The Promises of Medicine

Part of practicing family medicine is providing patient education. I have to be able to explain diagnoses and treatments and answer patient questions.

A great example is when I diagnose overactive or under-active thyroid disorders (hyper or hypothyroidism).

“Will I have to take this medication forever?” I’m often asked.


“Will the medication work?” Is a common question for all treatments, especially thyroid.

“It should. But I’ll need you to come back in about a month to repeat your blood work so I can make sure it’s working. If not, I’ll have to adjust the dose. Then, you’ll come back in another month for more blood work. Sometimes, it works perfectly fine from the start. Sometimes, I have to adjust the dose a few times before it works for the patient.”

This usually gives the patient hope that they’ll start feeling better, with a slight uncertainty as to when this may start.

The same goes for finding a diagnosis.

When patients present with chest pain, I have to order a chest x-ray (among other things) to figure out what’s going on.

I can promise that I’ll try and find the answer but I can’t promise what the answer will be.

And what do I do for a bad diagnosis?

How do I look the patient in the eye and tell them they have a lung mass that is cancerous?

I tell them the diagnosis and tell them that I’m referring them to Pulmonology and Oncology.

“And what are they going to do?” Sometimes this is asked while holding back tears. Sometimes with anger.

“They’re going to stage the cancer and come up with a plan to fight the cancer.”

And that usually brings silence.

Because I can promise to come up with a plan and send them to the right people but I can’t promise them a good outcome.

As medical providers, we are trusted by our patients to figure out what’s going on, treat the problem, and make them feel better. There’s an unwritten expectation of these things from our patients and from society.

And sometimes we don’t meet those expectations.

Sometimes medicine throws us a curveball and we strike out. Instead of hitting a home run, I have to go back to the dugout without anything to show for it.

Then, my patients are left with uncertainty. Fear. Anxiety. Anger. Sadness.

Then, I throw a curveball back at my patients.

“Can I pray for you?”

Some a very appreciate of this.

Some with nod their heads.

And some are angry at the notion of this idea.

I pray for them anyway. Why? Because God is a God of promises.

Despite the lung cancer, God is a God of promises.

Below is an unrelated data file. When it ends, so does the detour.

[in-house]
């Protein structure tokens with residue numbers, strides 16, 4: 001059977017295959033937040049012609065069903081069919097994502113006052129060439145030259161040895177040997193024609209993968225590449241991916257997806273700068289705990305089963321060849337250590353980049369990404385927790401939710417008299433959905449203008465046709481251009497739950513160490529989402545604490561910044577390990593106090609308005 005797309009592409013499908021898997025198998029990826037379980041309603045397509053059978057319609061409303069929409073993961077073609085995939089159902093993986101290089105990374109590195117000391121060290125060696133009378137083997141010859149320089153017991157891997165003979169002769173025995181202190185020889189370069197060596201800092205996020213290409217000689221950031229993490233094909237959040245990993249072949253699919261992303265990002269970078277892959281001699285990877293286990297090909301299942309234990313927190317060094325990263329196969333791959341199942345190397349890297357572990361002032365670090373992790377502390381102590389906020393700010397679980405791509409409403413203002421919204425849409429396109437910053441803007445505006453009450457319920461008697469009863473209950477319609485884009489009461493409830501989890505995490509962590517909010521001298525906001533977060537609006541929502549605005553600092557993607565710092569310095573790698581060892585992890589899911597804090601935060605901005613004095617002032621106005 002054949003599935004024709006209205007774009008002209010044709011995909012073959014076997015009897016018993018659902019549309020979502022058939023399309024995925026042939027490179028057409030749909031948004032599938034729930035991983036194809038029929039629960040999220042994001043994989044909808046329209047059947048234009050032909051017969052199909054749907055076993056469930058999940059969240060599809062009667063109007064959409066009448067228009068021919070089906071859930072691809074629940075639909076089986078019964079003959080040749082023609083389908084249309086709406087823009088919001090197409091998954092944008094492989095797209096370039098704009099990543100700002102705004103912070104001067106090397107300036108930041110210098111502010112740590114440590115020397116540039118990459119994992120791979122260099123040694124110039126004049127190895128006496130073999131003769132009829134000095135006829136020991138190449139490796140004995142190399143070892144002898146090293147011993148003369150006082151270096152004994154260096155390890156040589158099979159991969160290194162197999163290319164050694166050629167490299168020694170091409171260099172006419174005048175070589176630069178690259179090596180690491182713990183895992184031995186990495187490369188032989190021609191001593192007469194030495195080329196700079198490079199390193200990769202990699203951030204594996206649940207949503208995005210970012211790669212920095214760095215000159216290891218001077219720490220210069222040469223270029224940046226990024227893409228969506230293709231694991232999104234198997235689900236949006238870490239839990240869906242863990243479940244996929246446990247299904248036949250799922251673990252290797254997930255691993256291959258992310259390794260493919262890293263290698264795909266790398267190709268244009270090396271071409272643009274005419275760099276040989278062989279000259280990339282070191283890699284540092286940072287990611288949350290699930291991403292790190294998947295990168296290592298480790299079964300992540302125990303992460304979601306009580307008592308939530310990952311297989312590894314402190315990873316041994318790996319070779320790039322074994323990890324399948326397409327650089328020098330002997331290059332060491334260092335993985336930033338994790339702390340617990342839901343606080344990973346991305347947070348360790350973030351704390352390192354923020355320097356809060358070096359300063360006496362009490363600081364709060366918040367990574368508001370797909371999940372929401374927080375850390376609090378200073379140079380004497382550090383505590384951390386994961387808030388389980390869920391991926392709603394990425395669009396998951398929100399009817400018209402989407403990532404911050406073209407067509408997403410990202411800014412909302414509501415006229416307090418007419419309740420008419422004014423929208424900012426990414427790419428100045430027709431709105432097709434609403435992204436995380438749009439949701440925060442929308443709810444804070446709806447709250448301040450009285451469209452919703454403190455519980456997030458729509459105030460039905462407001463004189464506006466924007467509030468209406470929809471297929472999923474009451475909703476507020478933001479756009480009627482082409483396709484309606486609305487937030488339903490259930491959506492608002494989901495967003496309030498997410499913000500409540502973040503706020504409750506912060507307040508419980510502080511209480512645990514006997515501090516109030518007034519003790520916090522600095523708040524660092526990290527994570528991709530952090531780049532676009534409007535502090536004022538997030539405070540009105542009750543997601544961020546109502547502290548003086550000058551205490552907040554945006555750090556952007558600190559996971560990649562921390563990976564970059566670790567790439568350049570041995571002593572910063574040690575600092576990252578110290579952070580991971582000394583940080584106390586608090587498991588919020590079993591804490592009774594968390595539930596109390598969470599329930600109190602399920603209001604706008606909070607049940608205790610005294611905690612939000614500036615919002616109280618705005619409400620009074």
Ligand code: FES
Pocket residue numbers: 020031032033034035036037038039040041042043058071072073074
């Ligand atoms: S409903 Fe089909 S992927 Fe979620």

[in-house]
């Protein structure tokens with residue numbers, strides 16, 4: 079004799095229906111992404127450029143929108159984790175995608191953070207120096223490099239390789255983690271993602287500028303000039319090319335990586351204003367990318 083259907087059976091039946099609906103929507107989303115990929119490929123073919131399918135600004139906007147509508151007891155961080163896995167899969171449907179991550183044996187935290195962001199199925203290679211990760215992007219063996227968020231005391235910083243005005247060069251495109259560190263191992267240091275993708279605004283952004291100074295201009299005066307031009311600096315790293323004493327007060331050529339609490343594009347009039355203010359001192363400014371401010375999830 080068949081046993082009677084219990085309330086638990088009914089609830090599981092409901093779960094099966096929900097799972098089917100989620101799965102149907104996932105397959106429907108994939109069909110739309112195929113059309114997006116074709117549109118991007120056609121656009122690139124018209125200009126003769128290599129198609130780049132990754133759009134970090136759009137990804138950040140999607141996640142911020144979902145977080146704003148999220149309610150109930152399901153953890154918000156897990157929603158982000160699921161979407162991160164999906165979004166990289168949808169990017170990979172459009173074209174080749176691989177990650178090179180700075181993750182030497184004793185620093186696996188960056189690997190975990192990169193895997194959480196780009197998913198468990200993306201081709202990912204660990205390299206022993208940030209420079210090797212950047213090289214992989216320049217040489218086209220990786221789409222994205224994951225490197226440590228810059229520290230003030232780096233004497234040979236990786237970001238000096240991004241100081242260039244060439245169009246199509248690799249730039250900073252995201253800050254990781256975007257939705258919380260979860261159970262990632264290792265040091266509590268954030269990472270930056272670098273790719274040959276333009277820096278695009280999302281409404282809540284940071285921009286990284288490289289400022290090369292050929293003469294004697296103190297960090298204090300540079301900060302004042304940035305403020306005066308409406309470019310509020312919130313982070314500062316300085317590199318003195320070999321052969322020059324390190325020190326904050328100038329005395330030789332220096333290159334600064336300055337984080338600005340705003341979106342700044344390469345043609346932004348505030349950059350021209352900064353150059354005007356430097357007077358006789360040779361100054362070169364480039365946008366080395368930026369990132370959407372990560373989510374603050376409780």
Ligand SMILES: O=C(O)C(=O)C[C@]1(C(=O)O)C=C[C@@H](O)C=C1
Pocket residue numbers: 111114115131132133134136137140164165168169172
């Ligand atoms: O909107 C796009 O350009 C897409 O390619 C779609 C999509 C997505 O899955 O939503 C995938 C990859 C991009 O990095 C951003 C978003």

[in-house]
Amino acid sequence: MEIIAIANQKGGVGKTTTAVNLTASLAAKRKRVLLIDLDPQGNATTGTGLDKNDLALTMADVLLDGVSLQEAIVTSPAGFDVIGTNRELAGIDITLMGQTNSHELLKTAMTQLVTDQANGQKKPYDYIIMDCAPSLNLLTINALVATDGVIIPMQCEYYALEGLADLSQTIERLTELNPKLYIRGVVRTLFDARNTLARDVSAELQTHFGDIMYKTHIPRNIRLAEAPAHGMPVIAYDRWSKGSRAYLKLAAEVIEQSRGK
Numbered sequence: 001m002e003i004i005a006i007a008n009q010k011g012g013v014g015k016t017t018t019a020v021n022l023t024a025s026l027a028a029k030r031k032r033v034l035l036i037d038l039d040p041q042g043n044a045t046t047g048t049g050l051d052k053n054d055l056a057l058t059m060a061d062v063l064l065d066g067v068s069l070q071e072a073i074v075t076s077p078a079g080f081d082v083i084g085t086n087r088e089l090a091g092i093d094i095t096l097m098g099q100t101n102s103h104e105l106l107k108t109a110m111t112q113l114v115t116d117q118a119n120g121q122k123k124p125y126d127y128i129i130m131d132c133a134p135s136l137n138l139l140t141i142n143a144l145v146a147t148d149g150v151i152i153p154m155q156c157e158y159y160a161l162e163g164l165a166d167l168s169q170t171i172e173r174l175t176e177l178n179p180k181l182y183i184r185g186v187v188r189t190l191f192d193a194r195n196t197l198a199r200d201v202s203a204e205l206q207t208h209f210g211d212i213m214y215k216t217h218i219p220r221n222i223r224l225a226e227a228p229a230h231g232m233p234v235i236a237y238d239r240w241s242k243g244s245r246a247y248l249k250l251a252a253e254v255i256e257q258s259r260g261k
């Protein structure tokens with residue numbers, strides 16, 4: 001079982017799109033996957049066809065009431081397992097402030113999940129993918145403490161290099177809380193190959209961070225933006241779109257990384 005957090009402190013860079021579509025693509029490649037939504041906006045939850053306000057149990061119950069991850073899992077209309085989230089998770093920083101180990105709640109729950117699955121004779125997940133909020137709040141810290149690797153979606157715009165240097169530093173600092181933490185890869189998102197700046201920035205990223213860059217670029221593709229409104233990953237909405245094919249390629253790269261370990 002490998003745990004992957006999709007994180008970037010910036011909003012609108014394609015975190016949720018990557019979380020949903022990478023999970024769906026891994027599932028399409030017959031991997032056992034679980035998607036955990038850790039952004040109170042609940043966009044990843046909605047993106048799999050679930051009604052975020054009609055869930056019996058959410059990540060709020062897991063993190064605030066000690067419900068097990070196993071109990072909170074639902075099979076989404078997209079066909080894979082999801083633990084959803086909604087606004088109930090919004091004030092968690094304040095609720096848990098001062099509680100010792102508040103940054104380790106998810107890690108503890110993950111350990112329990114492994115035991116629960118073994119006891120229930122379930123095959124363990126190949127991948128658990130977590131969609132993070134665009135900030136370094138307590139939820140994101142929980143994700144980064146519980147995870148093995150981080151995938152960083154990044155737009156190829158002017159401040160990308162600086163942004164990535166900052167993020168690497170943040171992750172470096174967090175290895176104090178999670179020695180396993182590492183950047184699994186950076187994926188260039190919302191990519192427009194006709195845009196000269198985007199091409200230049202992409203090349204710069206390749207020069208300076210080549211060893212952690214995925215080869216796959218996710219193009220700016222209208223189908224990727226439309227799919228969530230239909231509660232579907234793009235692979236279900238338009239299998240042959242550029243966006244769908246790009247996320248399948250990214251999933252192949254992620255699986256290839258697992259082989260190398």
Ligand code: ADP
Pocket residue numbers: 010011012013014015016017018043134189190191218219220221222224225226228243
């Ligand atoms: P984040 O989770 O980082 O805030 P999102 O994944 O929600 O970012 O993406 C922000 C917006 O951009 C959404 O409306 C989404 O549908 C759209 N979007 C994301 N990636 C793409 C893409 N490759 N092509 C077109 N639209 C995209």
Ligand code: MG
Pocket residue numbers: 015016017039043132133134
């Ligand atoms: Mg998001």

I can’t promise the outcome of your cancer but God can promise to be present during the battle.

I can’t promise how your body will feel on chemo and radiation, but God can promise a peace beyond understanding.

I can’t promise…anything. But God can.

He promised it in Deuteronomy 31:8: “The Lord himself goes before you and will be with you; he will never leave you nor forsake you. Do not be afraid; do not be discouraged.”

He promised it in John 16:33: “I have told you these things, so that in me you may have peace. In this world you will have trouble. But take heart! I have overcome the world.”

He promised it in Matthew 11:28: “Come to me, all you who are weary and burdened, and I will give you rest. 

He promised Abraham a son after his wife was already passed the age of fertility. And he further promised Abraham to be father of all nations.

From the beginning to the end of the bible, God makes promises for His people. And he never went back on these promises.

Noah was told to build an ark. And he was told there would be a great flood coming. And when the flood came, the bible says in Genesis 8:1:

“God didn’t forget about Noah and all the animals in the boat!”

He made a promise and He didn’t forget.

Because God is a God of promises.

In my profession, I make some promises. But most of the time, I can’t. I promise not to do any harm. But I can’t promise that your health won’t take a turn for the worst.

But in my faith, I can make all the promises of God.

I can promise God is real. He is with us. He loves you. He’s here for you. And he’ll never forsake you.

So the next time your family doc can’t make promises, simply turn to the one who can. And he’ll come through with his promises for your life, your future, and for your generations to come.

Don’t rely on the promises of medicine. Rely on the promises of the God of the universe.

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